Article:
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Clinical assessment and radiographic studies used to be the only tools available for the selection of treatment modalities for thumb CMC arthritis [28,29]. Eaton and Glickel proposed a staging system for this disease that has been widely applied [17]. Later, Bettinger and coworkers [30] described the trapezial tilt as an instrument to predict further progression of the disease. They found that in advanced Stages (Eaton III and IV) the trape-zial tilt was high (50° + 4°; normal: 42° + 4°). Barron and Eaton [31] concluded that there appears to be no indication for MRI, tomography, or ultra-sonography in the routine evaluation of basal joint disease .

Although the author believes that a radiographic classification is important for a stepwise interpretation of the progression of this entity, my experience has demonstrated instances when it is very difficult to make an accurate diagnosis of the extent of disease based solely on radiographic studies. Recent advances in arthroscopic technology have allowed complete examination of smaller joints throughout the body with minimal morbidity [1]. Moreover, arthroscopy has already proved to be reliable for direct evaluation of the first CMC joint, as previously discussed [3].

In early stages of thumb basal joint arthritis, in Eaton Stage I, for instance, it is very common to find essentially normal radiographic studies despite the presence of painful limitation of the thumb. In the experience of the author and co-workers, this group of patients displays mild to moderate synovitis that could benefit from a thorough joint debridement combined with thermal shrinkage of the ligaments to enhance the stability. This, of course, assumes that they have not responded well to conservative treatment, including splinting, use of nonsteroidal antiinflammatory drugs (NSAIDs), and corticosteroid injection. This stage is typically seen in middle-aged women who tend not to be indicated for more aggressive open procedures [29]. Arthroscopic treatment provides a particularly good option for this ubiquitous subset of patients.

Tomaino [22] concluded that first metacarpal extension osteotomy is a good treatment option for Eaton Stage I. This may not be necessary in the occasional patient who undergoes arthroscopy at an early time and demonstrates no focal cartilage loss. Future studies may indicate that syno-vectomy, and perhaps thermal capsulorraphy, may avoid progression of disease and the need for a mechanical intervention; however, the ar-throscopic findings that the author previously described for arthroscopic Stage II of the disease

Fig. 8. Schematic for management of trapeziometacarpal arthritis, incorporating arthroscopic stages and subsequent treatment decision-making. LRTI, ligament reconstruction tendon interposition.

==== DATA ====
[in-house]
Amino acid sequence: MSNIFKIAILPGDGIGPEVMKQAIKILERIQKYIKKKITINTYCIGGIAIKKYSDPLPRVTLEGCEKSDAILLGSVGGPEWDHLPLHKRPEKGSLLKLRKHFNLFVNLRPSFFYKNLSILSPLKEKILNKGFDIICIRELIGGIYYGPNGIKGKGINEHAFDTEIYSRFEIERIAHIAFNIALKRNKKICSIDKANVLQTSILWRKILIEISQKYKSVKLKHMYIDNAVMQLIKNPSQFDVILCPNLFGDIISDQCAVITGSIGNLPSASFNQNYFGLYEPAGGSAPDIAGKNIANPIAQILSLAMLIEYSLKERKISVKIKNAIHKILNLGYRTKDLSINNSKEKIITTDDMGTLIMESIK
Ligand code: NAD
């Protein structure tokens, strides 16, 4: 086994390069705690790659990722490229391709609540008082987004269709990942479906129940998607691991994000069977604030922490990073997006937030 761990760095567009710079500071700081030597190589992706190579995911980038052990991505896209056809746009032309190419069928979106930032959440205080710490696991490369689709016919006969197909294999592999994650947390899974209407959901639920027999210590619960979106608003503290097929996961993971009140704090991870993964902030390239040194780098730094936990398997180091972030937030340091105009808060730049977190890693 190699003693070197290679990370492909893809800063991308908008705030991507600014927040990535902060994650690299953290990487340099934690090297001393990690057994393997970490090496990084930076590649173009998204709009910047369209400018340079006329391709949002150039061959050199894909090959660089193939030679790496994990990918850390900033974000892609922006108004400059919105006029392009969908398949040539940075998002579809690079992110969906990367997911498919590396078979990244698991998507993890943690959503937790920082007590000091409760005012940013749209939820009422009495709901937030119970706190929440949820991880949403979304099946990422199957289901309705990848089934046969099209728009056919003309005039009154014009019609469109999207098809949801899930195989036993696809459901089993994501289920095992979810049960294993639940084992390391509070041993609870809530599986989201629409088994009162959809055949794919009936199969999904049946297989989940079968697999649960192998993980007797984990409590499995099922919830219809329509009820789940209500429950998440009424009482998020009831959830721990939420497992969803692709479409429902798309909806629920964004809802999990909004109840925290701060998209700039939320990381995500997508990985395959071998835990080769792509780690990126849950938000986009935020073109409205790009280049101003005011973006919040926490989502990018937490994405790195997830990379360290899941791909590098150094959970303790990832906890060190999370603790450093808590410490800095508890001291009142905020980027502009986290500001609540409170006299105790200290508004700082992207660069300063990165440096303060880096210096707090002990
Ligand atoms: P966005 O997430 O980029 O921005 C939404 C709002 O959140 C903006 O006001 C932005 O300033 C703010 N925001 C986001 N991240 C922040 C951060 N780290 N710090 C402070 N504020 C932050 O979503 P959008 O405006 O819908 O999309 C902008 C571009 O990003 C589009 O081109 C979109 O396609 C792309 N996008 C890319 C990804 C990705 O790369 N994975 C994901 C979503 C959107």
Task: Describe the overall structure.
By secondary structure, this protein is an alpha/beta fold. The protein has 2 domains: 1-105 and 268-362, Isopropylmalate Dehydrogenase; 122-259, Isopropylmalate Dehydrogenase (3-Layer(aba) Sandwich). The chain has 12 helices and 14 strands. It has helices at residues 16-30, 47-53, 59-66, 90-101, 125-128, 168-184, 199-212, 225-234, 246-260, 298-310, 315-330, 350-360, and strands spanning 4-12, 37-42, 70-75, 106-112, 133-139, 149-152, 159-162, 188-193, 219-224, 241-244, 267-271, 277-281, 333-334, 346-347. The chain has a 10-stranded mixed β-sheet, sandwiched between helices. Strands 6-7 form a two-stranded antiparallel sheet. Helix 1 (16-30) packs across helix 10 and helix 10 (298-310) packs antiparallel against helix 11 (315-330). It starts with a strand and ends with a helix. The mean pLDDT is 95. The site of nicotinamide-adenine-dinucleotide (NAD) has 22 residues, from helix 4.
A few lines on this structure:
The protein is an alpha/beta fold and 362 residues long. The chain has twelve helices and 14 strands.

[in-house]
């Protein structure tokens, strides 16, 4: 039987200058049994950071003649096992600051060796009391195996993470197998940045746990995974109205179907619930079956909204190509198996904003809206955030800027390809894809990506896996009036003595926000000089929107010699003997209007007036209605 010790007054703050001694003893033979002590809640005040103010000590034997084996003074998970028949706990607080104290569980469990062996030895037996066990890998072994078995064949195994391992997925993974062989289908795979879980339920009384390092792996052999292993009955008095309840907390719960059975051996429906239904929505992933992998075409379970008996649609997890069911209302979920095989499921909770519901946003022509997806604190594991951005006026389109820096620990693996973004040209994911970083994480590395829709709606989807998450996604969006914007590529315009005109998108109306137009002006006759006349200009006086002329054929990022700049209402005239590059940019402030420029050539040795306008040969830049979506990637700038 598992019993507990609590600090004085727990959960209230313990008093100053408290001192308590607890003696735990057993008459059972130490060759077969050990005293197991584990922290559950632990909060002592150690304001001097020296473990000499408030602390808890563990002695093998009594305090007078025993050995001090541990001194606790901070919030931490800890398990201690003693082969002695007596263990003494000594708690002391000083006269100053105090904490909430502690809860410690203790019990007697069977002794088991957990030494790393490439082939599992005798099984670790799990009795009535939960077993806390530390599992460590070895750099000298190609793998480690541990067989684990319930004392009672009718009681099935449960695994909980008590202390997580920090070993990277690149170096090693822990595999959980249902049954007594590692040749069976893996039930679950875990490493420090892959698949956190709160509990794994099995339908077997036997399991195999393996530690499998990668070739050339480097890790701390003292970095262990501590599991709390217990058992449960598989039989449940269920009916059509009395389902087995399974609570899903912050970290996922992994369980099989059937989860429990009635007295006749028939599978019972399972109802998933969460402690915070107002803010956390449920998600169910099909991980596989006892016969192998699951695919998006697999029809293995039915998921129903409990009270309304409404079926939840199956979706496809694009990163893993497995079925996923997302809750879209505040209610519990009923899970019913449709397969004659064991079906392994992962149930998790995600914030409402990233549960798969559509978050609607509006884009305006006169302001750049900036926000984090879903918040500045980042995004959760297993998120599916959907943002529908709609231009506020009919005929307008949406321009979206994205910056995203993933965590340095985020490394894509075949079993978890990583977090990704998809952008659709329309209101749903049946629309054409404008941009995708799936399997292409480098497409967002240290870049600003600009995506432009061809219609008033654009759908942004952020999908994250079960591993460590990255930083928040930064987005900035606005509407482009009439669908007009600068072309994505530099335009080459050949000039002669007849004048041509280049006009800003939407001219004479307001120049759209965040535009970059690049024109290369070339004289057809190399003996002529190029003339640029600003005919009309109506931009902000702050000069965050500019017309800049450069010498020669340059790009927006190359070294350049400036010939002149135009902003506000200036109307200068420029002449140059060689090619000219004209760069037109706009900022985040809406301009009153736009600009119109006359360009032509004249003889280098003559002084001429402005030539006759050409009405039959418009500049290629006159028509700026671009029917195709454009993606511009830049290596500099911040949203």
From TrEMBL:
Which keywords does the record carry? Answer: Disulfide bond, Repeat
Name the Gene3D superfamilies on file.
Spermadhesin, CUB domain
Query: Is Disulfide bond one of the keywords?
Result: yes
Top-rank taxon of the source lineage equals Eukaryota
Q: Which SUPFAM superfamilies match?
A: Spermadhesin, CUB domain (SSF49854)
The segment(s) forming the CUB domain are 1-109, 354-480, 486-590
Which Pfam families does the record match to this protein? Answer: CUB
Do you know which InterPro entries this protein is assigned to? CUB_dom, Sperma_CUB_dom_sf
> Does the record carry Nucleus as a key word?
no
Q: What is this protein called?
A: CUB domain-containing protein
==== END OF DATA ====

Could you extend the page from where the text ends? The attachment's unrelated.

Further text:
demand a joint modification such as osteotomy, to minimize the chance of further articular degeneration. My retrospective study indicates that this approach is efficacious, with only one out of 43 thumbs developing progressive arthritis requiring further surgery.

There is no doubt that if complete articular cartilage loss is the arthroscopic scenario, then the logical further step is to perform some type of trapezium excision with interposition arthro-plasty. This can include either a partial or complete excision or replacement. Menon [2] described a technique demonstrating arthroscopic debride-ment of the trapezial articular surface and interposition of autogenous tendon, fascia lata, or Gore-Tex patch into the CMC joint in patients who had Stage II and III, with excellent results. Newer techniques may allow the arthroscopic insertion of Artelon (Small Bone Innovations, New York, New York), which has proven successful with open techniques and confirmed histologically [32]. In either case, complete excision of the trapezium may not be desirable or even necessary, particularly in younger patients. This Stage III treatment needs to be further assessed by evaluating long-term clinical results.

According to the arthroscopic classification proposed, the author recommends arthroscopic synovectomy and debridement of the basal joint in patients who have Stage I arthritis. In patients who have Stage II disease, synovectomy and debridement is combined with osteotomy of the first metacarpal. In both these stages, thermal shrinkage is used to manage ligamentous laxity. Finally, for Stage III of the disease, arthroscopic interposition arthroplasty is my treatment of choice, although other factors must be considered in making this determination.

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